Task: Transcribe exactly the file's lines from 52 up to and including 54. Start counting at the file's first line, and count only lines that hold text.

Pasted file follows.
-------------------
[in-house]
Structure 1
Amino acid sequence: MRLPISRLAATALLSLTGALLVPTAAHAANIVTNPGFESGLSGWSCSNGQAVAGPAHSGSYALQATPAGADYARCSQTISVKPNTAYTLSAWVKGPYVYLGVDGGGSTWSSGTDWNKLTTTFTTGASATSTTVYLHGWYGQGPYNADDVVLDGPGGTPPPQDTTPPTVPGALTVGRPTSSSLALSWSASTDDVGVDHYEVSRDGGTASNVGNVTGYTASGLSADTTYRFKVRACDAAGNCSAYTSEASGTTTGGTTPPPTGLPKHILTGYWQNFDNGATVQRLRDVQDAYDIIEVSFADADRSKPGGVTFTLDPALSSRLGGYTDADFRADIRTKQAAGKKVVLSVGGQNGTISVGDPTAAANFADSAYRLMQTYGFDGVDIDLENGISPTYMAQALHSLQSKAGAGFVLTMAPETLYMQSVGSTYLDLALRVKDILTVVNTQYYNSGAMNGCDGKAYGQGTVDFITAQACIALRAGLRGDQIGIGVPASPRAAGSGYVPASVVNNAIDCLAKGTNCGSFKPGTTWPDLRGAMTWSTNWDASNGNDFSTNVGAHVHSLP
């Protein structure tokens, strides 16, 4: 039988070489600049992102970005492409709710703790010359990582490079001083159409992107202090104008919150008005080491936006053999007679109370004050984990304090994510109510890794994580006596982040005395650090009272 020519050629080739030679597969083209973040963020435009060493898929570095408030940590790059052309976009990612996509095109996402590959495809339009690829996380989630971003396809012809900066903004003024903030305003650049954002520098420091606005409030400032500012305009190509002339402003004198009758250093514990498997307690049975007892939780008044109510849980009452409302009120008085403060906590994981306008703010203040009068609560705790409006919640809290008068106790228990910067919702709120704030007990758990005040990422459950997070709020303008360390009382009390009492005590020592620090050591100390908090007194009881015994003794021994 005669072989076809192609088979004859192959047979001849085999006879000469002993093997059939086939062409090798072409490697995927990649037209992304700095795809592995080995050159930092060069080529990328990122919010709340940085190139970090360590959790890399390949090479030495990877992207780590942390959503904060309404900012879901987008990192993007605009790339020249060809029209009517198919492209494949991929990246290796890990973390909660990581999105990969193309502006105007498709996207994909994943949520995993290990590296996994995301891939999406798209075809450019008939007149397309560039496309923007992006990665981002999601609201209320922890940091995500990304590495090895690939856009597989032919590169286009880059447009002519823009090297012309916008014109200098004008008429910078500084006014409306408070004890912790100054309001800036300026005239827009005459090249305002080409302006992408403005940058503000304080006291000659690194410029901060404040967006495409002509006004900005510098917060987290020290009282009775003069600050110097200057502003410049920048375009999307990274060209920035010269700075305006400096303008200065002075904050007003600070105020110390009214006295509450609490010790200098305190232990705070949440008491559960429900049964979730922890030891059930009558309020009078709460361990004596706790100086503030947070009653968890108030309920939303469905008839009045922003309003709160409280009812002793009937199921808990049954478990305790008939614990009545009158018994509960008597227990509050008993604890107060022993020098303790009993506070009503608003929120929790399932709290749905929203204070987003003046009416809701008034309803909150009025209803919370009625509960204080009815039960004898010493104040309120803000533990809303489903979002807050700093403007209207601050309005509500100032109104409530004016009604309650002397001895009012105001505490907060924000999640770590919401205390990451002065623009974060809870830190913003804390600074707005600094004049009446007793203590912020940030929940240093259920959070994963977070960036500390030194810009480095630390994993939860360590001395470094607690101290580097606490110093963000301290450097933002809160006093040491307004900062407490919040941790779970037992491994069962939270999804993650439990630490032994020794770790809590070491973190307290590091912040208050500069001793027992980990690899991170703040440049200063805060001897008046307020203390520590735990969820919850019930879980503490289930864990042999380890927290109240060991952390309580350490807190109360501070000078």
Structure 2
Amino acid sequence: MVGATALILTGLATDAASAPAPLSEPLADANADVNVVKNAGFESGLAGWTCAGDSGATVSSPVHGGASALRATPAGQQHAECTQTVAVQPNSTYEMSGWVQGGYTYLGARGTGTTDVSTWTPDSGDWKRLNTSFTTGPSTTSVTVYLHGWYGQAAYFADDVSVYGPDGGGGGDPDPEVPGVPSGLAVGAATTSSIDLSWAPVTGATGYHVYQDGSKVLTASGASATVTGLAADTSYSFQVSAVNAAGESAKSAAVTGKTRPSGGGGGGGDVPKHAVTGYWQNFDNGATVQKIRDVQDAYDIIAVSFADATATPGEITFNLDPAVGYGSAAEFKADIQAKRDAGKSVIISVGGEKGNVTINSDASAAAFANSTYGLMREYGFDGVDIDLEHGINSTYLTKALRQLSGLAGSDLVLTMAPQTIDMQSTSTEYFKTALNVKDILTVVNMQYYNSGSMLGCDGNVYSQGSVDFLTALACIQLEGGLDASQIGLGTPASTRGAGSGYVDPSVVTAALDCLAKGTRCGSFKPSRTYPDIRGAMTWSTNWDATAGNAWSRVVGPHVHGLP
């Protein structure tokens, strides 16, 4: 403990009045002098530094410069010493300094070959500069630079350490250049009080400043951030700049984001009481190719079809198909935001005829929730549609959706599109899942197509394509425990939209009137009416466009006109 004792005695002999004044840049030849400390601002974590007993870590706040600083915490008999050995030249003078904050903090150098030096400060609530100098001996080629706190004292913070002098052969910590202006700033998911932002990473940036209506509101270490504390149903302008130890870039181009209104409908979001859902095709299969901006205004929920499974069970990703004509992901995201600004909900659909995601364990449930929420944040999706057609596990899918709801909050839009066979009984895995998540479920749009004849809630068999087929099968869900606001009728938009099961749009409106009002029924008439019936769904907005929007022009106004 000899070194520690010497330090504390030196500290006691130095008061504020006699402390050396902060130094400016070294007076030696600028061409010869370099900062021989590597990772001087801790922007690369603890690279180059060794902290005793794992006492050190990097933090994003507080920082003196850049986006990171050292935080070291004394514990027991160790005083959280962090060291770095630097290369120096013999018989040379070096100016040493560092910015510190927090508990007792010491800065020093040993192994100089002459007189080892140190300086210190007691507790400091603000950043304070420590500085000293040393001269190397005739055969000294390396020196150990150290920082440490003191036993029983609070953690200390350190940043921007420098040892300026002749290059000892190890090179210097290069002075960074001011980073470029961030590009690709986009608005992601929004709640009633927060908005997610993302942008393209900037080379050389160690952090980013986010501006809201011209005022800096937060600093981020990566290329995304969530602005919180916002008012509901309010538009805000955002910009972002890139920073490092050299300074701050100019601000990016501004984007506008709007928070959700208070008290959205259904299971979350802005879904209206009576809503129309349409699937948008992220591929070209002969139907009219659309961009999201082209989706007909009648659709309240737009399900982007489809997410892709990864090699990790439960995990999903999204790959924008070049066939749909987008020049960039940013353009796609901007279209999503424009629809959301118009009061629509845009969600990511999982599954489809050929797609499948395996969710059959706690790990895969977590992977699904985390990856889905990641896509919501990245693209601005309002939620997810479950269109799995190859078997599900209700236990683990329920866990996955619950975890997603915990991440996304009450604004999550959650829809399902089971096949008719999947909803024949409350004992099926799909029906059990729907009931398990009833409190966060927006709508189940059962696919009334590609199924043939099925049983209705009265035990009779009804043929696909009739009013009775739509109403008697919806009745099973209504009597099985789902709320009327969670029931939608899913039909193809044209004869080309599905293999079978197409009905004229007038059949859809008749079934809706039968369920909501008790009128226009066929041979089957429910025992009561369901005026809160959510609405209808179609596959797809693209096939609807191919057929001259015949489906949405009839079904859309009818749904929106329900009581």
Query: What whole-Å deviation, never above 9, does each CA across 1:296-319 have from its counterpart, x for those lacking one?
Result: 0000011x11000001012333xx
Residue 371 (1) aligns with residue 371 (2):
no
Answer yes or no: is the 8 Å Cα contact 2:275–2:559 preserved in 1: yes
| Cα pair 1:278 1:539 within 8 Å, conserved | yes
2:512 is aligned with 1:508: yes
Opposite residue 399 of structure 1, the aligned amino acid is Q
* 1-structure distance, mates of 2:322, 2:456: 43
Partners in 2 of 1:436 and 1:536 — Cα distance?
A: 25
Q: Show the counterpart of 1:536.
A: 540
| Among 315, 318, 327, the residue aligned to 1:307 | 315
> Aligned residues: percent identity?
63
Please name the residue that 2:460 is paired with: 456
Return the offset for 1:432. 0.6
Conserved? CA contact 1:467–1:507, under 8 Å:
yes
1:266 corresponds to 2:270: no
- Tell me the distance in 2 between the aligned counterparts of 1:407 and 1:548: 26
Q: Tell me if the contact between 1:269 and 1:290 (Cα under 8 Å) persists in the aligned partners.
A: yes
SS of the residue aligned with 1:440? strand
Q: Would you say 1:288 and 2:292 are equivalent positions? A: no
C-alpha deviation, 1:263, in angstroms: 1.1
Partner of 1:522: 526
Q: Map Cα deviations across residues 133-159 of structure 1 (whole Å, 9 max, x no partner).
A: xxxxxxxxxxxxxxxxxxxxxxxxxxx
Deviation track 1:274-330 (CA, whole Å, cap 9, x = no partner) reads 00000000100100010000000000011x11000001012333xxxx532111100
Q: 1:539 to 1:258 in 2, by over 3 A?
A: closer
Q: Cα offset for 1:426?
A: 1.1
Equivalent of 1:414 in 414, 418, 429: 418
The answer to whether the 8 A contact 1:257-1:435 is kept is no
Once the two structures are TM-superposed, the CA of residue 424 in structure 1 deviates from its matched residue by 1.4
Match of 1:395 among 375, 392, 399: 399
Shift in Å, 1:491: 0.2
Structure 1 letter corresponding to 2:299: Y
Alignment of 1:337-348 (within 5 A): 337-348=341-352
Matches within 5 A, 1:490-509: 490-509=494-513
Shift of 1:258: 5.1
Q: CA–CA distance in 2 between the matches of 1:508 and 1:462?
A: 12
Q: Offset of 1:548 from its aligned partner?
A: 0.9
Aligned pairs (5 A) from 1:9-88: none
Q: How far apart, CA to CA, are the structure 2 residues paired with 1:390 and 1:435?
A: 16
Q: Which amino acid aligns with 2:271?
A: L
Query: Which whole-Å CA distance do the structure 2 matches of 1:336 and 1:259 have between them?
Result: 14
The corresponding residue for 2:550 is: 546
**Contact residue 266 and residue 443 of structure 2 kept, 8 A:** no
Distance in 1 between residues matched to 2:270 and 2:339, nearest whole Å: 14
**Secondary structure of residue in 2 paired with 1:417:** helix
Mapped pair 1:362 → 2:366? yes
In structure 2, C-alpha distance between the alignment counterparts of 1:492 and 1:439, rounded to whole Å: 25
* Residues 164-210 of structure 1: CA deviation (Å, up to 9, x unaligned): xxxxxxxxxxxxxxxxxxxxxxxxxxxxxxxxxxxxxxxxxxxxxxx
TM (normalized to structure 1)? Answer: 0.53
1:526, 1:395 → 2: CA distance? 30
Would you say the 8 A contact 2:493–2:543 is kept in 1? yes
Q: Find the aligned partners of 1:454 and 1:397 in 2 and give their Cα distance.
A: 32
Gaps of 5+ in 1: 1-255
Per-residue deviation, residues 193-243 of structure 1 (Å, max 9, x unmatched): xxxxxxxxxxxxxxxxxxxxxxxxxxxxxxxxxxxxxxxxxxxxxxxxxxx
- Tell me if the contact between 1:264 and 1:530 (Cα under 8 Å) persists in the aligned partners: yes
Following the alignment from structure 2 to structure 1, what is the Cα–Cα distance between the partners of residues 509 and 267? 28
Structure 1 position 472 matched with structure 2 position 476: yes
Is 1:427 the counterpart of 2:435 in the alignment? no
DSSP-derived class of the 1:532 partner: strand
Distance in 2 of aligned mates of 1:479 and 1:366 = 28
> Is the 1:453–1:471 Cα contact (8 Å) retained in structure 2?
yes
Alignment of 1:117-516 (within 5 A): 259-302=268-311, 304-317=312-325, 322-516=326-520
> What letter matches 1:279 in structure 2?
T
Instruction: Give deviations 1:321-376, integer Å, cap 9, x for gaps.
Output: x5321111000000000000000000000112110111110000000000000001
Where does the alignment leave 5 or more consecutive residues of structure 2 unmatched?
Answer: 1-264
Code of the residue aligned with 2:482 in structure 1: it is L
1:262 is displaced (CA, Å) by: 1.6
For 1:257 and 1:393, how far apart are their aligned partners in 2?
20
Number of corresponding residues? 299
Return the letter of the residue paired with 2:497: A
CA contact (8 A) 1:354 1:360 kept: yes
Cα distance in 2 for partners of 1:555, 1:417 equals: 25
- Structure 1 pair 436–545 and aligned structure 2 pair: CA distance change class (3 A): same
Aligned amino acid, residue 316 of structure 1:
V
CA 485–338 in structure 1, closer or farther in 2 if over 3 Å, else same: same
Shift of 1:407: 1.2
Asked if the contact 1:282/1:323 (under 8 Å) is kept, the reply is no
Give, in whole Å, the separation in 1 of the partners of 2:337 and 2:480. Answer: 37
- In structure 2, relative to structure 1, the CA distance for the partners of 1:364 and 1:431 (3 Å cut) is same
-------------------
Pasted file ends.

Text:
Q: CA–CA distance in 2 between the matches of 1:508 and 1:462?
A: 12
Q: Offset of 1:548 from its aligned partner?